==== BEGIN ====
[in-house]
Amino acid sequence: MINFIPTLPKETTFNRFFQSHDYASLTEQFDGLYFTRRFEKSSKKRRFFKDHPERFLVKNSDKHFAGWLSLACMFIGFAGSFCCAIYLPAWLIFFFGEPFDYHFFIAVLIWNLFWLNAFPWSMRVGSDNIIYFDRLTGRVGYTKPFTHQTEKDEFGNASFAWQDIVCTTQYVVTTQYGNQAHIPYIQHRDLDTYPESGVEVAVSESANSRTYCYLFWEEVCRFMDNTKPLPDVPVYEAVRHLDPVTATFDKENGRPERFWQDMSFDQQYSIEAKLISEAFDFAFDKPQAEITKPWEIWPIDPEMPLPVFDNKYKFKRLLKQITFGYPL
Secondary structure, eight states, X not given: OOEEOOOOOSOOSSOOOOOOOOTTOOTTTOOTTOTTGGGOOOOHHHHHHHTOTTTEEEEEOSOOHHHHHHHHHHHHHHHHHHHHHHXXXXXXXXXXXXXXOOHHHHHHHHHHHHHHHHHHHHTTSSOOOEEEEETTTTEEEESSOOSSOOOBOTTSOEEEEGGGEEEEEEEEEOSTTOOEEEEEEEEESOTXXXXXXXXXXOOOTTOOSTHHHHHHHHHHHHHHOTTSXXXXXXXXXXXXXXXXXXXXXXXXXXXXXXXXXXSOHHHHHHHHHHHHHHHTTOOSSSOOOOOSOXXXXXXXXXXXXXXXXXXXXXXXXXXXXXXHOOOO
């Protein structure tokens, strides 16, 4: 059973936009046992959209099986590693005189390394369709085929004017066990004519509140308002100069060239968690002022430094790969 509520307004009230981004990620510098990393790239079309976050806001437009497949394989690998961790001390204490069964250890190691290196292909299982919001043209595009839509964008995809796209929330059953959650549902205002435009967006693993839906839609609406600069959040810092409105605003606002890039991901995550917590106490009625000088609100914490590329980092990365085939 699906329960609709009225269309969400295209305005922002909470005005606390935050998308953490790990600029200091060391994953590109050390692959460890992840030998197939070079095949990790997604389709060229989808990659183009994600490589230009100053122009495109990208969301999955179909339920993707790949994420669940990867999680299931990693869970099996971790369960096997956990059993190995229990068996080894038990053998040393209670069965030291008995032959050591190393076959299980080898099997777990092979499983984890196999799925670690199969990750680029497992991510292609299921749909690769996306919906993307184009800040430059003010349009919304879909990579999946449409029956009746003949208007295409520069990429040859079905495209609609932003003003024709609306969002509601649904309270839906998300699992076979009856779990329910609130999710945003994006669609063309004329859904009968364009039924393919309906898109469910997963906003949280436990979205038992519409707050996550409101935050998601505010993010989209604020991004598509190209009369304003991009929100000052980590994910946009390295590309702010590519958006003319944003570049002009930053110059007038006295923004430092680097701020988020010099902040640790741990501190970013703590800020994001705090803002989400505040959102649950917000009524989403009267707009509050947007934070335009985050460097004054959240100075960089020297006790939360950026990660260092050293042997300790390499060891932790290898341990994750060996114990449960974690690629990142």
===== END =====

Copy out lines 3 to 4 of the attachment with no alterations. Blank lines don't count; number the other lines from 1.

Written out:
Secondary structure, eight states, X not given: OOEEOOOOOSOOSSOOOOOOOOTTOOTTTOOTTOTTGGGOOOOHHHHHHHTOTTTEEEEEOSOOHHHHHHHHHHHHHHHHHHHHHHXXXXXXXXXXXXXXOOHHHHHHHHHHHHHHHHHHHHTTSSOOOEEEEETTTTEEEESSOOSSOOOBOTTSOEEEEGGGEEEEEEEEEOSTTOOEEEEEEEEESOTXXXXXXXXXXOOOTTOOSTHHHHHHHHHHHHHHOTTSXXXXXXXXXXXXXXXXXXXXXXXXXXXXXXXXXXSOHHHHHHHHHHHHHHHTTOOSSSOOOOOSOXXXXXXXXXXXXXXXXXXXXXXXXXXXXXXHOOOO
């Protein structure tokens, strides 16, 4: 059973936009046992959209099986590693005189390394369709085929004017066990004519509140308002100069060239968690002022430094790969 509520307004009230981004990620510098990393790239079309976050806001437009497949394989690998961790001390204490069964250890190691290196292909299982919001043209595009839509964008995809796209929330059953959650549902205002435009967006693993839906839609609406600069959040810092409105605003606002890039991901995550917590106490009625000088609100914490590329980092990365085939 699906329960609709009225269309969400295209305005922002909470005005606390935050998308953490790990600029200091060391994953590109050390692959460890992840030998197939070079095949990790997604389709060229989808990659183009994600490589230009100053122009495109990208969301999955179909339920993707790949994420669940990867999680299931990693869970099996971790369960096997956990059993190995229990068996080894038990053998040393209670069965030291008995032959050591190393076959299980080898099997777990092979499983984890196999799925670690199969990750680029497992991510292609299921749909690769996306919906993307184009800040430059003010349009919304879909990579999946449409029956009746003949208007295409520069990429040859079905495209609609932003003003024709609306969002509601649904309270839906998300699992076979009856779990329910609130999710945003994006669609063309004329859904009968364009039924393919309906898109469910997963906003949280436990979205038992519409707050996550409101935050998601505010993010989209604020991004598509190209009369304003991009929100000052980590994910946009390295590309702010590519958006003319944003570049002009930053110059007038006295923004430092680097701020988020010099902040640790741990501190970013703590800020994001705090803002989400505040959102649950917000009524989403009267707009509050947007934070335009985050460097004054959240100075960089020297006790939360950026990660260092050293042997300790390499060891932790290898341990994750060996114990449960974690690629990142």